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Recovery of Patients From COVID-19 After Critical Illness (COVID-Recovery)

The safety and scientific validity of this study is the responsibility of the study sponsor and investigators. Listing a study does not mean it has been evaluated by the U.S. Federal Government. Know the risks and potential benefits of clinical studies and talk to your health care provider before participating. Read our disclaimer for details.
 
ClinicalTrials.gov Identifier: NCT04401254
Recruitment Status : Recruiting
First Posted : May 26, 2020
Last Update Posted : October 23, 2020
Sponsor:
Collaborator:
The Alfred
Information provided by (Responsible Party):
Australian and New Zealand Intensive Care Research Centre

Brief Summary:

Patients who are critically ill with COVID-19 requiring life support in an intensive care unit (ICU) have increased risk of morbidity and mortality. Currently the ICU community does not know what effect the disease, the ICU admission, physiotherapy interventions and life support have on their long-term quality of life and whether they can return to their pre-illness level of function following ICU.

COVID-Recovery will describe the physiotherapy interventions delivered to critically ill patients with COVID-19. In survivors, COVID-Recovery will utilise telephone follow-up of ICU survivors to assess disability-free survival and quality of life at 6 months after ICU admission. Additionally, COVID-Recovery will identify if there are predictors of disability-free survival. COVID-Recovery will aim to select up to 300 patients diagnosed with COVID-19 from ICUs in Australia. If they survive to hospital discharge, patients will be invited to receive a telephone questionnaire at 6 months after the ICU admission that aims to assess their long-term outcomes, including physical, cognitive and emotional function, quality of life, and whether they have been able to return to work following ICU discharge.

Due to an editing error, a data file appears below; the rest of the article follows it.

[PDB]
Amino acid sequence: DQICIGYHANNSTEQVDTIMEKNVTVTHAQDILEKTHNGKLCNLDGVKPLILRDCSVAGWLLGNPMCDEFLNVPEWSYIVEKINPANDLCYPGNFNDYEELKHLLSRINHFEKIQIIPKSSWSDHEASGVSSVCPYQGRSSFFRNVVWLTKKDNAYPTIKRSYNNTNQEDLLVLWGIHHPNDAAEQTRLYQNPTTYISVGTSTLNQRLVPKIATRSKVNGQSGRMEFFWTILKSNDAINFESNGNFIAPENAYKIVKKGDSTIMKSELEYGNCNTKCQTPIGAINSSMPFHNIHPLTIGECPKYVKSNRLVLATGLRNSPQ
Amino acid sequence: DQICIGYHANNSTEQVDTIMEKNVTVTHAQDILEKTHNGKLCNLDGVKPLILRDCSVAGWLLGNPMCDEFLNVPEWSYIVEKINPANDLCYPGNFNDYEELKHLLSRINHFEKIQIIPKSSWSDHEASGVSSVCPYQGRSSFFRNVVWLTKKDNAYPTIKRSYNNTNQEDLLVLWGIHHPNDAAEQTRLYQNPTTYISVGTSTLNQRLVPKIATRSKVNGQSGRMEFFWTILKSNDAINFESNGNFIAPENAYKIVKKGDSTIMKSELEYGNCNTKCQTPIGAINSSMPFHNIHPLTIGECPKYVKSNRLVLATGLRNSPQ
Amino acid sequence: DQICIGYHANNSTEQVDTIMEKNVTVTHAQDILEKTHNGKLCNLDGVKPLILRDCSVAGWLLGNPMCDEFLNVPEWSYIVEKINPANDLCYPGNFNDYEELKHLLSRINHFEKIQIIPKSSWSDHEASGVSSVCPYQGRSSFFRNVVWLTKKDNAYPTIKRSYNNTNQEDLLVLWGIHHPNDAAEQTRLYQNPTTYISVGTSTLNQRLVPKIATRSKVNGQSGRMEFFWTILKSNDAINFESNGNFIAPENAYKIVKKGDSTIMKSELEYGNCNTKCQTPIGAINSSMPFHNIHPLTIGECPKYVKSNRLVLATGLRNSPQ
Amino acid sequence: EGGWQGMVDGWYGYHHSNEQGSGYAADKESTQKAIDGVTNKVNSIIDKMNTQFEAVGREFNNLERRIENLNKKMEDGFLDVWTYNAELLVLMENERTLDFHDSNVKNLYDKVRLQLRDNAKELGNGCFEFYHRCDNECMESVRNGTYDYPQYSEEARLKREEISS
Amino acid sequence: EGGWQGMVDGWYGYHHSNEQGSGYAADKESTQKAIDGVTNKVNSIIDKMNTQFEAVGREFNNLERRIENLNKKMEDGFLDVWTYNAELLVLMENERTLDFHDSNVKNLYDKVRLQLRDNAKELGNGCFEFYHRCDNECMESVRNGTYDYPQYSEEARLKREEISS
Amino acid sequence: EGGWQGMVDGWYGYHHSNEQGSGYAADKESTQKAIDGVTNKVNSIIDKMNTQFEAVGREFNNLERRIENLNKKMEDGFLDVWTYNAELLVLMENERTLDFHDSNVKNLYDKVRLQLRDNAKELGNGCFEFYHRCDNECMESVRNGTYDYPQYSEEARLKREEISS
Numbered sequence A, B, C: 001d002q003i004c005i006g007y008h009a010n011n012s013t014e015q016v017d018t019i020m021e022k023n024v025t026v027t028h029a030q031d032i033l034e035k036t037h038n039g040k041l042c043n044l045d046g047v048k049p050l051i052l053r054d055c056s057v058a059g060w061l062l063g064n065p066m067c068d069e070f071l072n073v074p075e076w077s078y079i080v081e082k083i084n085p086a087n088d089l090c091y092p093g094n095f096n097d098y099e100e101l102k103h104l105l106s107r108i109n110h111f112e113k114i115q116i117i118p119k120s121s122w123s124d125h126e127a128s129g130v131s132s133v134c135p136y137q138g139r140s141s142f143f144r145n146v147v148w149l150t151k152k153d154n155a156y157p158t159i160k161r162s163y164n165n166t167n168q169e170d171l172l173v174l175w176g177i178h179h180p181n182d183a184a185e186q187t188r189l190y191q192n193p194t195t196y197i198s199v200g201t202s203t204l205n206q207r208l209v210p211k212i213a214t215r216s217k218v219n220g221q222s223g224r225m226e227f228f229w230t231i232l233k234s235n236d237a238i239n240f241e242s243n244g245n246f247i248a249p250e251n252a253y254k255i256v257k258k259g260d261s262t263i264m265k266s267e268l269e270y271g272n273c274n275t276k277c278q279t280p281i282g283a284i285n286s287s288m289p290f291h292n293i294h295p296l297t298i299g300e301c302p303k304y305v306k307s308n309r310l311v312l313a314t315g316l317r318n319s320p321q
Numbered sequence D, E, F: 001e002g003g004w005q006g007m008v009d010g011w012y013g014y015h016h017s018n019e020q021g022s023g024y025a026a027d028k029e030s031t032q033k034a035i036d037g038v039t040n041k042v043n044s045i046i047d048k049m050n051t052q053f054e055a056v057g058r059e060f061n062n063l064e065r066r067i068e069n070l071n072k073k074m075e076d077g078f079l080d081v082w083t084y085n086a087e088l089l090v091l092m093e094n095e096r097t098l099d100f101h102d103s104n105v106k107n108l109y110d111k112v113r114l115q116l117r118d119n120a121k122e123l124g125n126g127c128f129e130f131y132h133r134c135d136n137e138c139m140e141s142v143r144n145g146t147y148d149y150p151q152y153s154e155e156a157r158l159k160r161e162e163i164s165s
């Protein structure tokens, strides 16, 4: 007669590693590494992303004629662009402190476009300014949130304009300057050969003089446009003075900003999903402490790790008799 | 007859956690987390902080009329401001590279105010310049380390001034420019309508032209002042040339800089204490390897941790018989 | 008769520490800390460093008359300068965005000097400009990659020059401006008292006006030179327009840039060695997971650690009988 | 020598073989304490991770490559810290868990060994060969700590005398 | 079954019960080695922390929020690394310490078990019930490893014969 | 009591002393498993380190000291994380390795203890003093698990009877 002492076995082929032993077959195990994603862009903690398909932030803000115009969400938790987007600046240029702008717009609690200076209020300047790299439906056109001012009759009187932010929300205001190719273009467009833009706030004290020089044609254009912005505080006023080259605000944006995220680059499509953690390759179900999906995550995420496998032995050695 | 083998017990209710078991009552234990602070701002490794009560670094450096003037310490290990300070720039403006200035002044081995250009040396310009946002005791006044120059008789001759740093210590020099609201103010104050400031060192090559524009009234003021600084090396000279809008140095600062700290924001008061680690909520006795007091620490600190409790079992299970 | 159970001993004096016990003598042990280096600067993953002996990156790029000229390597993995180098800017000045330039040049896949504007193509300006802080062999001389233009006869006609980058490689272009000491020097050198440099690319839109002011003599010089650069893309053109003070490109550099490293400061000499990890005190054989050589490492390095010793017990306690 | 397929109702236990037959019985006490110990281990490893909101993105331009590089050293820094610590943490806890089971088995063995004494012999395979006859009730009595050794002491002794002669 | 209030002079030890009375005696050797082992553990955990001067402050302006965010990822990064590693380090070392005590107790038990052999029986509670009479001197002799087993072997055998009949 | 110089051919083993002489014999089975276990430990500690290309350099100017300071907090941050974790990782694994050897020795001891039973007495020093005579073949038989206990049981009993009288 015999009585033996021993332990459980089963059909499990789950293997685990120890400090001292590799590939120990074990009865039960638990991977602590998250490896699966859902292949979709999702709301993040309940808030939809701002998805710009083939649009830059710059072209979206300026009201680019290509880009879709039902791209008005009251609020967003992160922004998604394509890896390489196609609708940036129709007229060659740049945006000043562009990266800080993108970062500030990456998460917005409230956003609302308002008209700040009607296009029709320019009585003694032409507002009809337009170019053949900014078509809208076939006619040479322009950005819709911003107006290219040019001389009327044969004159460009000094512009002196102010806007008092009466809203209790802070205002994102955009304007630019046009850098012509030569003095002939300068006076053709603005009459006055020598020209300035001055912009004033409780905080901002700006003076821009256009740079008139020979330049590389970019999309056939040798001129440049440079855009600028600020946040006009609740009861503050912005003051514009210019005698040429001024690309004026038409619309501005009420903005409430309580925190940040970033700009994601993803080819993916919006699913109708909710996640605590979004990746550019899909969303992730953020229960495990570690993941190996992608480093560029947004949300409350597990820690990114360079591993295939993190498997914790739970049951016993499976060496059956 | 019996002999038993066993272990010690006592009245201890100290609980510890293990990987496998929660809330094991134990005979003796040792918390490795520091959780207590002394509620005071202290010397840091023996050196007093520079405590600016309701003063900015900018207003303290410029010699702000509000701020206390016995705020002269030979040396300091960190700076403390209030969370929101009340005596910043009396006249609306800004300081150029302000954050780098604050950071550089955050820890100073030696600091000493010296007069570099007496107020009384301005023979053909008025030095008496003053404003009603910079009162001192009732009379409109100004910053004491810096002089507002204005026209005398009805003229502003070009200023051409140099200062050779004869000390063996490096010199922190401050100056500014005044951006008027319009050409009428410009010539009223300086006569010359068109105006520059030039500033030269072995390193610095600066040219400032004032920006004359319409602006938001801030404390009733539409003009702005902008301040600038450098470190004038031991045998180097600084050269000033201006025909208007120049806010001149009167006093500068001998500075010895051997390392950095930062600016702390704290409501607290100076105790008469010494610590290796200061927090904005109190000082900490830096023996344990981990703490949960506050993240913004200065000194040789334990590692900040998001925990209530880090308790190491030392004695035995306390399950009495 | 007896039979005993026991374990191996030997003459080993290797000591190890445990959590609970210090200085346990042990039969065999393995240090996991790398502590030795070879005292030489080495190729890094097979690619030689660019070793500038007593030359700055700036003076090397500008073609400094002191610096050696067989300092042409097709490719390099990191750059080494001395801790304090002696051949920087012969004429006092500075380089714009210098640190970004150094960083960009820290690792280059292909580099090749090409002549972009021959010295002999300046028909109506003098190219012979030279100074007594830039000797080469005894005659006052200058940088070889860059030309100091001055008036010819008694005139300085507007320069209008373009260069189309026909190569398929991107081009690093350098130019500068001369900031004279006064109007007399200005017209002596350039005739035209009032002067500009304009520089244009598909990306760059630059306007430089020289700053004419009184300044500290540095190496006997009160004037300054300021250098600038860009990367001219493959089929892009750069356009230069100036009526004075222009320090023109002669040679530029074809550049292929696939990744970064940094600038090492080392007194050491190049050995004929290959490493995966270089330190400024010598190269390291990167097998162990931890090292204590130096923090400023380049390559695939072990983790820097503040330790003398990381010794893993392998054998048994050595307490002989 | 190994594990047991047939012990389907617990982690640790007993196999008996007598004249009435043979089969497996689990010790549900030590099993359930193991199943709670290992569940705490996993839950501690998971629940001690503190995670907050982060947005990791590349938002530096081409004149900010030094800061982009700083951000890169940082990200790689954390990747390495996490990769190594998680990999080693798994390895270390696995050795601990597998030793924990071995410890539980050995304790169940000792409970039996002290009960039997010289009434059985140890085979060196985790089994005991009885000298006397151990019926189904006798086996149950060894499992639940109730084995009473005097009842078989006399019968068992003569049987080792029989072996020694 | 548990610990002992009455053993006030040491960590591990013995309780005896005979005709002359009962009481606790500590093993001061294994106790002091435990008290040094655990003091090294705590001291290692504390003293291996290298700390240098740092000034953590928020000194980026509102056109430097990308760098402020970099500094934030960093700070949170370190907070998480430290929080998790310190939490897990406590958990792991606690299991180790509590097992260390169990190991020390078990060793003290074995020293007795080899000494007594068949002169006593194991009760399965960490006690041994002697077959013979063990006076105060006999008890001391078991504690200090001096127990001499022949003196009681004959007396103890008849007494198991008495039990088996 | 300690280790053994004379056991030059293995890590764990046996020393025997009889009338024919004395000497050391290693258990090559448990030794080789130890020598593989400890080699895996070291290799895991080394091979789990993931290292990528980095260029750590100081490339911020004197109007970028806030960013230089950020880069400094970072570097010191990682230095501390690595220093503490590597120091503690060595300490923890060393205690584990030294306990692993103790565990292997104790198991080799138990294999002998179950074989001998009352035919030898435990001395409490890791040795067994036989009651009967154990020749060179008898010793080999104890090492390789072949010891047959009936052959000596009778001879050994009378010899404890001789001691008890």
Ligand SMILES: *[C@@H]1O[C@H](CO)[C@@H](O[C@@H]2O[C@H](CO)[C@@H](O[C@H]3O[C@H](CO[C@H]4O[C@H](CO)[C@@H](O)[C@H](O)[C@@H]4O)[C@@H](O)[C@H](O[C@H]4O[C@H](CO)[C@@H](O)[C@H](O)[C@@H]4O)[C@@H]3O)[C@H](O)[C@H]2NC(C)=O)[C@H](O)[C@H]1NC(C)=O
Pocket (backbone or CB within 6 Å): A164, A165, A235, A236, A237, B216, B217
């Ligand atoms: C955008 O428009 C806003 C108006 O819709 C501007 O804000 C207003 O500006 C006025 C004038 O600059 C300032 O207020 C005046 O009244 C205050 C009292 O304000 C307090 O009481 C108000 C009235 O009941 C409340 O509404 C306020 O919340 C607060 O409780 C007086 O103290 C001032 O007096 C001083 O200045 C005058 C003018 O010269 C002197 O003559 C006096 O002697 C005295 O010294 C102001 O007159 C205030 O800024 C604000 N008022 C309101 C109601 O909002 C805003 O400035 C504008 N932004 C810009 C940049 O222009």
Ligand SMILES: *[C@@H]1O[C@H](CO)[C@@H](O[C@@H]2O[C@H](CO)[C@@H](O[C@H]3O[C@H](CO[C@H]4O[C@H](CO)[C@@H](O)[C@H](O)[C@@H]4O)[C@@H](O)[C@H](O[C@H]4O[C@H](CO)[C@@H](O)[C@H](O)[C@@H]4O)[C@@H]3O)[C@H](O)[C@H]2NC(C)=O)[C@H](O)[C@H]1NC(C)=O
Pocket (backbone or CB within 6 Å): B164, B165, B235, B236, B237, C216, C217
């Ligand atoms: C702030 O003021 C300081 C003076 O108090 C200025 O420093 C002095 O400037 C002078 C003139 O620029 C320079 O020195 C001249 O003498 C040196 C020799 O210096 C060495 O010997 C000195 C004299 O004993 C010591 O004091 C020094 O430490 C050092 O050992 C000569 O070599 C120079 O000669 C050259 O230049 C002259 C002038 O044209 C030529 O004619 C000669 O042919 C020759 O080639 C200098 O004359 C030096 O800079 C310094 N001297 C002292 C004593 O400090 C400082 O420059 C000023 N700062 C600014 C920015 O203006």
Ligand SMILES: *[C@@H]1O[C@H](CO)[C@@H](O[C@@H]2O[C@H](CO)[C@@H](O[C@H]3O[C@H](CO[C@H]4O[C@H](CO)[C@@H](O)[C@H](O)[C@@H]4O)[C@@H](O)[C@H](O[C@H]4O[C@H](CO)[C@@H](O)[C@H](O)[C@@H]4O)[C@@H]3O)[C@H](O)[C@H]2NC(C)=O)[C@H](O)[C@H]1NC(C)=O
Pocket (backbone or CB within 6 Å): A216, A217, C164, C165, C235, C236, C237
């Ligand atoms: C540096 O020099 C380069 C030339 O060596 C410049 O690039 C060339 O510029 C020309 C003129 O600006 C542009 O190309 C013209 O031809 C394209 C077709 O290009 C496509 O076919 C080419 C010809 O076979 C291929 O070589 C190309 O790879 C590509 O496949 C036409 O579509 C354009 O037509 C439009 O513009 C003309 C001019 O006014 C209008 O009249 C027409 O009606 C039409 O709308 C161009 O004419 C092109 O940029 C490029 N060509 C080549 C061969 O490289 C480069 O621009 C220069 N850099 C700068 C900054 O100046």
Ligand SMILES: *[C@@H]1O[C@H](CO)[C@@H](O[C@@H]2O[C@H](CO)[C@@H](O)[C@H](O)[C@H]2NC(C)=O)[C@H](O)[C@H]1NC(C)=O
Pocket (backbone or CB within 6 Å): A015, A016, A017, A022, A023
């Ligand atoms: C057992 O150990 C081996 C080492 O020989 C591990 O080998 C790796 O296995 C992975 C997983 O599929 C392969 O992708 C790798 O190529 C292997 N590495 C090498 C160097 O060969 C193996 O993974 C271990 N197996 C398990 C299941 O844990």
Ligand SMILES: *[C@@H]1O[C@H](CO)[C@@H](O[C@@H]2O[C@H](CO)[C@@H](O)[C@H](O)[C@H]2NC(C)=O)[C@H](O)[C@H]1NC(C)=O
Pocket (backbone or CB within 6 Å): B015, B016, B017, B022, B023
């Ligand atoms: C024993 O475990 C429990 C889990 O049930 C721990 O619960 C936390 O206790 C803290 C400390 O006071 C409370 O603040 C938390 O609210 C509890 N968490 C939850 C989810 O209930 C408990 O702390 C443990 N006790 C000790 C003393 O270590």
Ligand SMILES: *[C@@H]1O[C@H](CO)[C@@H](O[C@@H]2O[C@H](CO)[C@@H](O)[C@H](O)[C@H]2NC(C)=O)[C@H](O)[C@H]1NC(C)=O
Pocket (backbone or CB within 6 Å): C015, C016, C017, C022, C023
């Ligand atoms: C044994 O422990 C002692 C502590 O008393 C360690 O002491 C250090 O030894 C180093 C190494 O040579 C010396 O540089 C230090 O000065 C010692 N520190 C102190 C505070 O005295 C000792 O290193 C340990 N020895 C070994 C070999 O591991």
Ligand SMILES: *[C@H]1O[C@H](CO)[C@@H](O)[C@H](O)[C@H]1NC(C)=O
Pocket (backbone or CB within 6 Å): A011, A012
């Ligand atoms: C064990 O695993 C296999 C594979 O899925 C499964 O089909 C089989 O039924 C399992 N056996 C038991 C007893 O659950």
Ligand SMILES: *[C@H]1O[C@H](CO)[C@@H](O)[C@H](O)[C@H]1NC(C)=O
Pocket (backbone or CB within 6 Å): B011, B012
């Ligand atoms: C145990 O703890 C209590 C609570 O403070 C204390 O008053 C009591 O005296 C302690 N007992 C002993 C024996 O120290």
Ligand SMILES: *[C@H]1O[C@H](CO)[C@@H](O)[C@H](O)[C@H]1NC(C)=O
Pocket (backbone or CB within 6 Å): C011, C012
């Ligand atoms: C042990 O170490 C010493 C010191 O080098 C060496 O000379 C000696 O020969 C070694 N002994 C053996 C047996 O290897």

COVID-Recovery will also aim to investigate the human aspect of COVID-19 by further investigating a sub-set of patients. COVID-Recovery will recruit between 15-30 of these patients and a family member, so COVID-Recovery can explore the patient experience of being admitted to the ICU and treated for COVID-19, as well as illuminate and explore the experience of having a close relative admitted and treated for COVID-19.


Condition or disease
COVID-19 Critical Illness

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Study Type : Observational
Estimated Enrollment : 300 participants
Observational Model: Cohort
Time Perspective: Prospective
Official Title: The COVID-Recovery Study
Actual Study Start Date : July 1, 2020
Estimated Primary Completion Date : December 2021
Estimated Study Completion Date : April 2022



Primary Outcome Measures :
  1. Disability-free survival [ Time Frame: 6 months ]
    a composite measure of WHODAS 2.0 - 12 level and hospital survival

  2. Physiotherapy intervention [ Time Frame: During the ICU stay until 3 months ]
    The physiotherapy interventions provided to patients with COVID-19 admitted to the ICU and health outcomes


Secondary Outcome Measures :
  1. Health status [ Time Frame: 6 months ]
    Health related quality of life measured with EQ5D-5L score from 0 to 100

  2. Global function [ Time Frame: 6 months ]